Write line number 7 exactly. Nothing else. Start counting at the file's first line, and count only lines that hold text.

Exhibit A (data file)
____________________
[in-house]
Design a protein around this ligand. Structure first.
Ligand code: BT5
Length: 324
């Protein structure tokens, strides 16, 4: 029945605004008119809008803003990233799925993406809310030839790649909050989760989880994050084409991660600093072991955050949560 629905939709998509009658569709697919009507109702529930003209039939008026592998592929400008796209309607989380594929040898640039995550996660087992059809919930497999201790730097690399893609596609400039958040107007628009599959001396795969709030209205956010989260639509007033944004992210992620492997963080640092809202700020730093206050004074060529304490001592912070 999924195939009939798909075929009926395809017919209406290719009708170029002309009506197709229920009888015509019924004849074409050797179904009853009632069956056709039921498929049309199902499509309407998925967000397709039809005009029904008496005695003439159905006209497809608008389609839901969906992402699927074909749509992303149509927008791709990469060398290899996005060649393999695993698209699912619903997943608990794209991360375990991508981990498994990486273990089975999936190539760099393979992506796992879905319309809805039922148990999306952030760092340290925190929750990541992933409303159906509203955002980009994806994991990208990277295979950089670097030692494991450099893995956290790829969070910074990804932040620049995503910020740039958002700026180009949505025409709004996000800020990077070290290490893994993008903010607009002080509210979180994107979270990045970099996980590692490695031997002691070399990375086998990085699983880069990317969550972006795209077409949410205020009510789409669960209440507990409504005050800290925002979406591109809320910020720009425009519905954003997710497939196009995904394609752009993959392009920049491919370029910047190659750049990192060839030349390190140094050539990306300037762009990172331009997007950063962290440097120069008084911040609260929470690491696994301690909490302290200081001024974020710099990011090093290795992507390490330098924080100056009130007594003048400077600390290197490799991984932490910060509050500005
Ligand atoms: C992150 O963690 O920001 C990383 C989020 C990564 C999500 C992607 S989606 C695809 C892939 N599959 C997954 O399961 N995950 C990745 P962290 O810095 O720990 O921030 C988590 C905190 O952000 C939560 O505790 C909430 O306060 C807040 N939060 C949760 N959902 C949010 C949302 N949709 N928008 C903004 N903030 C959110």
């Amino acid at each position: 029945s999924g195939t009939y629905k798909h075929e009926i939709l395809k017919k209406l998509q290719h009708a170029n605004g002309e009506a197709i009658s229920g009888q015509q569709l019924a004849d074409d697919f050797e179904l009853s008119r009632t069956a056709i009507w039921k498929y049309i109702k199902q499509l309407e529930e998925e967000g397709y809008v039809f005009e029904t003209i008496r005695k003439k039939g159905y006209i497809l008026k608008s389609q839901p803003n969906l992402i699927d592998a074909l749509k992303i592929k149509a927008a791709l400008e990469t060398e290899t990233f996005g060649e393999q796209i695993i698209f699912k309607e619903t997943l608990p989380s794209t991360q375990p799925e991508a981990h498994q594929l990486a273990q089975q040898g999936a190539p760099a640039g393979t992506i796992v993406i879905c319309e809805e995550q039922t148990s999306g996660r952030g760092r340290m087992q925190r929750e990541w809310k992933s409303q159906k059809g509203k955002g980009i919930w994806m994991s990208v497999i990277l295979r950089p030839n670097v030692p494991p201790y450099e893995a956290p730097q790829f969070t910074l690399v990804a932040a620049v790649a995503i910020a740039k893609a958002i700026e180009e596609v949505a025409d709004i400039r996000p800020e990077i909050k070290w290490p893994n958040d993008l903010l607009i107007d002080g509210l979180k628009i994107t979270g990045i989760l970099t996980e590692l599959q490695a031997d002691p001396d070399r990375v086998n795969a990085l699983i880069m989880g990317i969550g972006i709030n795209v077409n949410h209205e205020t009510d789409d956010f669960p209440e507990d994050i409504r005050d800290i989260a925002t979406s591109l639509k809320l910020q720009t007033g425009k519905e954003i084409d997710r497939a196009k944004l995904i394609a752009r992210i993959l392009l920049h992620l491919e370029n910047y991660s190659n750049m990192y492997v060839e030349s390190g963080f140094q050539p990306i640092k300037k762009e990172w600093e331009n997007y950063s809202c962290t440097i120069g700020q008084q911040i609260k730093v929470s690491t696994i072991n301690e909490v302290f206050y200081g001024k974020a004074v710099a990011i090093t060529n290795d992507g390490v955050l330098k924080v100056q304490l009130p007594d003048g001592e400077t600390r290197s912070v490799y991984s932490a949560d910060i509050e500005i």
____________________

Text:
């Amino acid at each position: 029945s999924g195939t009939y629905k798909h075929e009926i939709l395809k017919k209406l998509q290719h009708a170029n605004g002309e009506a197709i009658s229920g009888q015509q569709l019924a004849d074409d697919f050797e179904l009853s008119r009632t069956a056709i009507w039921k498929y049309i109702k199902q499509l309407e529930e998925e967000g397709y809008v039809f005009e029904t003209i008496r005695k003439k039939g159905y006209i497809l008026k608008s389609q839901p803003n969906l992402i699927d592998a074909l749509k992303i592929k149509a927008a791709l400008e990469t060398e290899t990233f996005g060649e393999q796209i695993i698209f699912k309607e619903t997943l608990p989380s794209t991360q375990p799925e991508a981990h498994q594929l990486a273990q089975q040898g999936a190539p760099a640039g393979t992506i796992v993406i879905c319309e809805e995550q039922t148990s999306g996660r952030g760092r340290m087992q925190r929750e990541w809310k992933s409303q159906k059809g509203k955002g980009i919930w994806m994991s990208v497999i990277l295979r950089p030839n670097v030692p494991p201790y450099e893995a956290p730097q790829f969070t910074l690399v990804a932040a620049v790649a995503i910020a740039k893609a958002i700026e180009e596609v949505a025409d709004i400039r996000p800020e990077i909050k070290w290490p893994n958040d993008l903010l607009i107007d002080g509210l979180k628009i994107t979270g990045i989760l970099t996980e590692l599959q490695a031997d002691p001396d070399r990375v086998n795969a990085l699983i880069m989880g990317i969550g972006i709030n795209v077409n949410h209205e205020t009510d789409d956010f669960p209440e507990d994050i409504r005050d800290i989260a925002t979406s591109l639509k809320l910020q720009t007033g425009k519905e954003i084409d997710r497939a196009k944004l995904i394609a752009r992210i993959l392009l920049h992620l491919e370029n910047y991660s190659n750049m990192y492997v060839e030349s390190g963080f140094q050539p990306i640092k300037k762009e990172w600093e331009n997007y950063s809202c962290t440097i120069g700020q008084q911040i609260k730093v929470s690491t696994i072991n301690e909490v302290f206050y200081g001024k974020a004074v710099a990011i090093t060529n290795d992507g390490v955050l330098k924080v100056q304490l009130p007594d003048g001592e400077t600390r290197s912070v490799y991984s932490a949560d910060i509050e500005i």